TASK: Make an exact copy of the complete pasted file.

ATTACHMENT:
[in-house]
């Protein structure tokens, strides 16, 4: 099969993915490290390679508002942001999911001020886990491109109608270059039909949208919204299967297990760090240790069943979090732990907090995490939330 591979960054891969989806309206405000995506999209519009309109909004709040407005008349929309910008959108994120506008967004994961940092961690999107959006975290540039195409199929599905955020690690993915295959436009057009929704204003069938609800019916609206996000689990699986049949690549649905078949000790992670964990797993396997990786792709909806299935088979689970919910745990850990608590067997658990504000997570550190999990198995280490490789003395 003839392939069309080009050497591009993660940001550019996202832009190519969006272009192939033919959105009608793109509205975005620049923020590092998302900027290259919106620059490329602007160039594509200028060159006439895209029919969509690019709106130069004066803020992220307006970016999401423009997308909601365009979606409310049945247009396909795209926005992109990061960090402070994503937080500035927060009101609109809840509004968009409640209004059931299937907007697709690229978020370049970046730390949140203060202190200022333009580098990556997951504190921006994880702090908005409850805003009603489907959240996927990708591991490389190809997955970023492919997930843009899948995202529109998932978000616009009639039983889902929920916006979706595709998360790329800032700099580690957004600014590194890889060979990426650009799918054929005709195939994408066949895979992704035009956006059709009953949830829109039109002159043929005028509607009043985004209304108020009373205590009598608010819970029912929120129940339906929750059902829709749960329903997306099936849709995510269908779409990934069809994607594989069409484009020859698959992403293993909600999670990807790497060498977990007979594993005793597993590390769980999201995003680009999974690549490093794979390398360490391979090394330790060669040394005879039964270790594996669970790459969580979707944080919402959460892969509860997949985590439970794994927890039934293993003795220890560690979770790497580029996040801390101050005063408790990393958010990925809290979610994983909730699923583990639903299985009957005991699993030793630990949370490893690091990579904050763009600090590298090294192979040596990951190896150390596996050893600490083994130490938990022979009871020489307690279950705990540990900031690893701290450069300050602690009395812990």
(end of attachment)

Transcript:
[in-house]
């Protein structure tokens, strides 16, 4: 099969993915490290390679508002942001999911001020886990491109109608270059039909949208919204299967297990760090240790069943979090732990907090995490939330 591979960054891969989806309206405000995506999209519009309109909004709040407005008349929309910008959108994120506008967004994961940092961690999107959006975290540039195409199929599905955020690690993915295959436009057009929704204003069938609800019916609206996000689990699986049949690549649905078949000790992670964990797993396997990786792709909806299935088979689970919910745990850990608590067997658990504000997570550190999990198995280490490789003395 003839392939069309080009050497591009993660940001550019996202832009190519969006272009192939033919959105009608793109509205975005620049923020590092998302900027290259919106620059490329602007160039594509200028060159006439895209029919969509690019709106130069004066803020992220307006970016999401423009997308909601365009979606409310049945247009396909795209926005992109990061960090402070994503937080500035927060009101609109809840509004968009409640209004059931299937907007697709690229978020370049970046730390949140203060202190200022333009580098990556997951504190921006994880702090908005409850805003009603489907959240996927990708591991490389190809997955970023492919997930843009899948995202529109998932978000616009009639039983889902929920916006979706595709998360790329800032700099580690957004600014590194890889060979990426650009799918054929005709195939994408066949895979992704035009956006059709009953949830829109039109002159043929005028509607009043985004209304108020009373205590009598608010819970029912929120129940339906929750059902829709749960329903997306099936849709995510269908779409990934069809994607594989069409484009020859698959992403293993909600999670990807790497060498977990007979594993005793597993590390769980999201995003680009999974690549490093794979390398360490391979090394330790060669040394005879039964270790594996669970790459969580979707944080919402959460892969509860997949985590439970794994927890039934293993003795220890560690979770790497580029996040801390101050005063408790990393958010990925809290979610994983909730699923583990639903299985009957005991699993030793630990949370490893690091990579904050763009600090590298090294192979040596990951190896150390596996050893600490083994130490938990022979009871020489307690279950705990540990900031690893701290450069300050602690009395812990």